You might find this person's account of reversing her osteoporosis via exercise inspiring: betterbones.com/exercise/bu...
Also on that same website, Dr. Brown's betterbones.com there is a list of tests you should have done/review with your doctor prior to taking any osteo-meds betterbones.com/testing/wha... Unfortunately, I didn't find this list until after I'd had the zoledronic acid infusion, but I still intend to bring it with me to my next appt.
Was that an improvement or did you just cross over from osteopenia to osteoporosis?
I just crossed over.
Were you able to find any personal testimonies before you purchased it?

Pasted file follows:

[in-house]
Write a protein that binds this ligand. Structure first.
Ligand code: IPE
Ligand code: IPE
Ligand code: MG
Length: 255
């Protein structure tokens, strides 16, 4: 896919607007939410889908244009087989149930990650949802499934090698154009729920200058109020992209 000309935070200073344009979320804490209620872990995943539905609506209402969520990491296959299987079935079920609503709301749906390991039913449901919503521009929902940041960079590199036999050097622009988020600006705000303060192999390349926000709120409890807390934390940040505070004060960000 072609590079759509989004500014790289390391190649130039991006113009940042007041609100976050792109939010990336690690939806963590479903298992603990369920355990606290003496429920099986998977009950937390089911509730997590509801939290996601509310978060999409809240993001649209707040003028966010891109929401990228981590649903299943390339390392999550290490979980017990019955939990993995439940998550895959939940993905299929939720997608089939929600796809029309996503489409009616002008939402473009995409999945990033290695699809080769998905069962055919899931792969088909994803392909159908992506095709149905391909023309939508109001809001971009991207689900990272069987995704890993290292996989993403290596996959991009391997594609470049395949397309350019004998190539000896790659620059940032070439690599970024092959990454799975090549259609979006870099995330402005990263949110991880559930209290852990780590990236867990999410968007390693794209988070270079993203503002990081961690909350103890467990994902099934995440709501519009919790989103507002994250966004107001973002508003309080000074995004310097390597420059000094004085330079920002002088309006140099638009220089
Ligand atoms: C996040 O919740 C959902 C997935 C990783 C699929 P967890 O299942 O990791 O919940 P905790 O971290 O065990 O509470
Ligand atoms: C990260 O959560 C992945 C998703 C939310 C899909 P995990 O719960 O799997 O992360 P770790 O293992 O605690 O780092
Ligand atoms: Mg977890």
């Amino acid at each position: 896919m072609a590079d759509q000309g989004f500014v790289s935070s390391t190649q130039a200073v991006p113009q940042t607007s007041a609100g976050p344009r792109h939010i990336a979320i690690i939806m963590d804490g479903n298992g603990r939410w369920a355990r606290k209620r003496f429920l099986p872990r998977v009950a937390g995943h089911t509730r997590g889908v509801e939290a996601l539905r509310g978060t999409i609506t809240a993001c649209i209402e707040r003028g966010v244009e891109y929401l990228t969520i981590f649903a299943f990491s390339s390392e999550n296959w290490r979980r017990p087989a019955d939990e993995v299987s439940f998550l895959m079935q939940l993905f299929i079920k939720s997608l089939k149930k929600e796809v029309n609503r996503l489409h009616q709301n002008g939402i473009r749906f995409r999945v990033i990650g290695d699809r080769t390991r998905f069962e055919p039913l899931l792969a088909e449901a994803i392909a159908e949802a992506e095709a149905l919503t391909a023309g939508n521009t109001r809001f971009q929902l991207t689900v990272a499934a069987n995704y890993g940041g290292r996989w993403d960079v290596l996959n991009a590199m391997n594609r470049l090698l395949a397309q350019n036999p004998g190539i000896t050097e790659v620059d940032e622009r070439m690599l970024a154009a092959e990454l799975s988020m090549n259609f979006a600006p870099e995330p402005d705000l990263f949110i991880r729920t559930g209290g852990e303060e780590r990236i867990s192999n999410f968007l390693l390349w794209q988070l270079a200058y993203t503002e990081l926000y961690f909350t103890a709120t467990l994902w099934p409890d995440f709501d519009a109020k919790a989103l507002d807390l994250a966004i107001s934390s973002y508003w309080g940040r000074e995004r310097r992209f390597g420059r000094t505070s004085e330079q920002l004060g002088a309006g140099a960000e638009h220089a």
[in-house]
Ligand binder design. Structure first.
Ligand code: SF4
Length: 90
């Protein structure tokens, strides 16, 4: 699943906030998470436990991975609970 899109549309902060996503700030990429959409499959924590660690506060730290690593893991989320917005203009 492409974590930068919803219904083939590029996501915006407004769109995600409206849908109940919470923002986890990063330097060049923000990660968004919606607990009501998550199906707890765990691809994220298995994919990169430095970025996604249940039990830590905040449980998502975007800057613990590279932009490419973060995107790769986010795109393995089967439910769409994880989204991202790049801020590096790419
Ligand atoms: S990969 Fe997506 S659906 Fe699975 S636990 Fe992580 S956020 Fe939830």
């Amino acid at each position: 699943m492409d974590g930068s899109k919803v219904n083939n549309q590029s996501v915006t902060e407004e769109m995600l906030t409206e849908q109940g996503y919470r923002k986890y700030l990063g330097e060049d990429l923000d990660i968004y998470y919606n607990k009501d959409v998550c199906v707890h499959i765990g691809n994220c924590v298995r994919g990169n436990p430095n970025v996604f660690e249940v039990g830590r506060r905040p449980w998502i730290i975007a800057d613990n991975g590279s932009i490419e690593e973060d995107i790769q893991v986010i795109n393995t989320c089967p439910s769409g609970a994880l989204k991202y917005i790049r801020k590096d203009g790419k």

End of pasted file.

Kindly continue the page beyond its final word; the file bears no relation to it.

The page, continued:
I read what I could find on various forums but I was influenced by Margaret Martin from Melioguide who you also mention. She made 2 very informative videos with Prof Rubin who invented the machine. I choose to believe in her in as much as I don't think she would promote the Marodyne if she thought it was rubbish. I purchased it via Melioguide because you get a discount that way and every little helps. I still think the price is overinflated, I mean I can buy a top of the line computer for less. I even asked the sales person why it was so expensive but didn't really get a satisfactory answer. It would be great if you succeeded in getting one on your insurance.